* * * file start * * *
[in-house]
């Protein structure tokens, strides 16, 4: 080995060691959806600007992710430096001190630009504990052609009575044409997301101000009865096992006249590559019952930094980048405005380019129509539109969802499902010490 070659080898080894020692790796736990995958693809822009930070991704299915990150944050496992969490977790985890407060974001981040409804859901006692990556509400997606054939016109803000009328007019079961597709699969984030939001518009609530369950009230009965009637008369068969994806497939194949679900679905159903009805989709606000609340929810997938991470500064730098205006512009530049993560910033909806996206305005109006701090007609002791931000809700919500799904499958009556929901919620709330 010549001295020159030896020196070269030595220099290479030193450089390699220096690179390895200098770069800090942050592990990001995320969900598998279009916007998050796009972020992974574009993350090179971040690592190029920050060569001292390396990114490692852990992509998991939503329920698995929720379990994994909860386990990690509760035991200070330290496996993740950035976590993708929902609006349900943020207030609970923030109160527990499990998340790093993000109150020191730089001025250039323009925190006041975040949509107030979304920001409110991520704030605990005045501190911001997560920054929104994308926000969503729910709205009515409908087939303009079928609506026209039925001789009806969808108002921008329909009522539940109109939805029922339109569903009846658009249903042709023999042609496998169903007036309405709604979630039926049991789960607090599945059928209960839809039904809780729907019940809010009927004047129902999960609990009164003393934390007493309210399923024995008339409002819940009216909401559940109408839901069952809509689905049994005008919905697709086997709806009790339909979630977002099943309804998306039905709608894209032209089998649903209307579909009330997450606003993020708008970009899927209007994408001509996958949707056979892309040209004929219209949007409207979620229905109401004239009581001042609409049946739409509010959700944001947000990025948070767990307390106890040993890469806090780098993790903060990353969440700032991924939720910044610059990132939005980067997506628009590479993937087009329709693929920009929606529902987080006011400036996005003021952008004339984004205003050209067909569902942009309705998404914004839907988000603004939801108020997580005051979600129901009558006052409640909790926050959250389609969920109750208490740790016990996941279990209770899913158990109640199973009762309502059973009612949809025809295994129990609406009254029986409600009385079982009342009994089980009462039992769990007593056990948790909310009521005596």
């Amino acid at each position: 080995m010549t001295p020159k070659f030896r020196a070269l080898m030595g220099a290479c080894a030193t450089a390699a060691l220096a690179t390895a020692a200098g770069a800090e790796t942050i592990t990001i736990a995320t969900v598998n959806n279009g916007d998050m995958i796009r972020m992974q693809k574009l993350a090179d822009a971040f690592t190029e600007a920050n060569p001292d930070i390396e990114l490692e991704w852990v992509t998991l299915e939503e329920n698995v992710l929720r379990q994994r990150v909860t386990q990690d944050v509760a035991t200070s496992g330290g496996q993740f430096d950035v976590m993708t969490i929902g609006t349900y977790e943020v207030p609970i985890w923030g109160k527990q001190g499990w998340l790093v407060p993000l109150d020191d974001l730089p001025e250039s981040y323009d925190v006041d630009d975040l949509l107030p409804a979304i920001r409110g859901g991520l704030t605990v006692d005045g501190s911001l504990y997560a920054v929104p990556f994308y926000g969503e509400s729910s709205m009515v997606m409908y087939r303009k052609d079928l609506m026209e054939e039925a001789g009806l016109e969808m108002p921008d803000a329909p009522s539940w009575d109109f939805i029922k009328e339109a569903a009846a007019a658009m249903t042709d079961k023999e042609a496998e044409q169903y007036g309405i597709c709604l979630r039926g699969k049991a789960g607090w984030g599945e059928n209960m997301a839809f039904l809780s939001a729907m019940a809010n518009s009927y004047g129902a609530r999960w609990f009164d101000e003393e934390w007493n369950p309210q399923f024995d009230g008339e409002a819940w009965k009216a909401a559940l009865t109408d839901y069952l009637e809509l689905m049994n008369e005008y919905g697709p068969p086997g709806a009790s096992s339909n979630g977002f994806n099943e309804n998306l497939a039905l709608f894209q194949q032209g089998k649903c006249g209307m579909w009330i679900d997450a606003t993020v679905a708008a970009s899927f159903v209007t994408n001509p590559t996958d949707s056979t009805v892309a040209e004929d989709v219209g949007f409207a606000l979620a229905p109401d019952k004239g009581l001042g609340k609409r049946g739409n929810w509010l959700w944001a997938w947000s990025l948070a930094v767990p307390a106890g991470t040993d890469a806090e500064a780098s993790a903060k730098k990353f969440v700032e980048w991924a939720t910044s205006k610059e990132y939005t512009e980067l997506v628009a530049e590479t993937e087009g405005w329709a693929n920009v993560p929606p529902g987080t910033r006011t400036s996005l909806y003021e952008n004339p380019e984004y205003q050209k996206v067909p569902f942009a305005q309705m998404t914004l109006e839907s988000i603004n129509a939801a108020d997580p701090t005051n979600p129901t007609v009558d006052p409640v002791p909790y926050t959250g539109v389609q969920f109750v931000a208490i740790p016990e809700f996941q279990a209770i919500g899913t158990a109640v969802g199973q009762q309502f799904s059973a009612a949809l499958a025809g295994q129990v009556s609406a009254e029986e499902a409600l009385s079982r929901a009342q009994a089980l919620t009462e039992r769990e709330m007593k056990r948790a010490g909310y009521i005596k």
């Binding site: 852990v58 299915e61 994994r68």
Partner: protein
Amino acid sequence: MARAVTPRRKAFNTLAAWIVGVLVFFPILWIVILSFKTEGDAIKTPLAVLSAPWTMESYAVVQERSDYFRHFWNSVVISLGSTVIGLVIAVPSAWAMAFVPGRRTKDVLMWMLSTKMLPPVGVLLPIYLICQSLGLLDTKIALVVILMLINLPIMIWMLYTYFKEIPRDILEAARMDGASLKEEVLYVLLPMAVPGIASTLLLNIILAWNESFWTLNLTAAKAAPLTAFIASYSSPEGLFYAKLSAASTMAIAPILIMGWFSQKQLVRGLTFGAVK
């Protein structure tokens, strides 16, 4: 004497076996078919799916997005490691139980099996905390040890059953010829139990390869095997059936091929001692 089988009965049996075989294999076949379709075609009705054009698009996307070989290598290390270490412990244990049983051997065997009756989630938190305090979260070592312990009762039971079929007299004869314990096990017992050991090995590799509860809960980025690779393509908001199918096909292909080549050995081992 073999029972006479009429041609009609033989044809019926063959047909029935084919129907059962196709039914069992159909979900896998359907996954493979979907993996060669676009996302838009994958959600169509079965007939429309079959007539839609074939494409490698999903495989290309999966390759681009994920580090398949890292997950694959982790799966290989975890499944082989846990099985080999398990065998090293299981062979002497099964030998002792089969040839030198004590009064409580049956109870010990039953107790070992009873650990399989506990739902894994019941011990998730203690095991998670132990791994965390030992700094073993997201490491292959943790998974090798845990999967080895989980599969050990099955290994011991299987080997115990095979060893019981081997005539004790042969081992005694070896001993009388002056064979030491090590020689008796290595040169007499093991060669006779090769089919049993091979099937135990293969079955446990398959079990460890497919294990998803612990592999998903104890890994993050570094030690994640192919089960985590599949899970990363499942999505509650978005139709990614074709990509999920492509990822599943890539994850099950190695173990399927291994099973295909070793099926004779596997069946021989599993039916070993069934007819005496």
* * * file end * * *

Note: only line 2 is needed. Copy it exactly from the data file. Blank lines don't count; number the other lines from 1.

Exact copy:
């Protein structure tokens, strides 16, 4: 080995060691959806600007992710430096001190630009504990052609009575044409997301101000009865096992006249590559019952930094980048405005380019129509539109969802499902010490 070659080898080894020692790796736990995958693809822009930070991704299915990150944050496992969490977790985890407060974001981040409804859901006692990556509400997606054939016109803000009328007019079961597709699969984030939001518009609530369950009230009965009637008369068969994806497939194949679900679905159903009805989709606000609340929810997938991470500064730098205006512009530049993560910033909806996206305005109006701090007609002791931000809700919500799904499958009556929901919620709330 010549001295020159030896020196070269030595220099290479030193450089390699220096690179390895200098770069800090942050592990990001995320969900598998279009916007998050796009972020992974574009993350090179971040690592190029920050060569001292390396990114490692852990992509998991939503329920698995929720379990994994909860386990990690509760035991200070330290496996993740950035976590993708929902609006349900943020207030609970923030109160527990499990998340790093993000109150020191730089001025250039323009925190006041975040949509107030979304920001409110991520704030605990005045501190911001997560920054929104994308926000969503729910709205009515409908087939303009079928609506026209039925001789009806969808108002921008329909009522539940109109939805029922339109569903009846658009249903042709023999042609496998169903007036309405709604979630039926049991789960607090599945059928209960839809039904809780729907019940809010009927004047129902999960609990009164003393934390007493309210399923024995008339409002819940009216909401559940109408839901069952809509689905049994005008919905697709086997709806009790339909979630977002099943309804998306039905709608894209032209089998649903209307579909009330997450606003993020708008970009899927209007994408001509996958949707056979892309040209004929219209949007409207979620229905109401004239009581001042609409049946739409509010959700944001947000990025948070767990307390106890040993890469806090780098993790903060990353969440700032991924939720910044610059990132939005980067997506628009590479993937087009329709693929920009929606529902987080006011400036996005003021952008004339984004205003050209067909569902942009309705998404914004839907988000603004939801108020997580005051979600129901009558006052409640909790926050959250389609969920109750208490740790016990996941279990209770899913158990109640199973009762309502059973009612949809025809295994129990609406009254029986409600009385079982009342009994089980009462039992769990007593056990948790909310009521005596």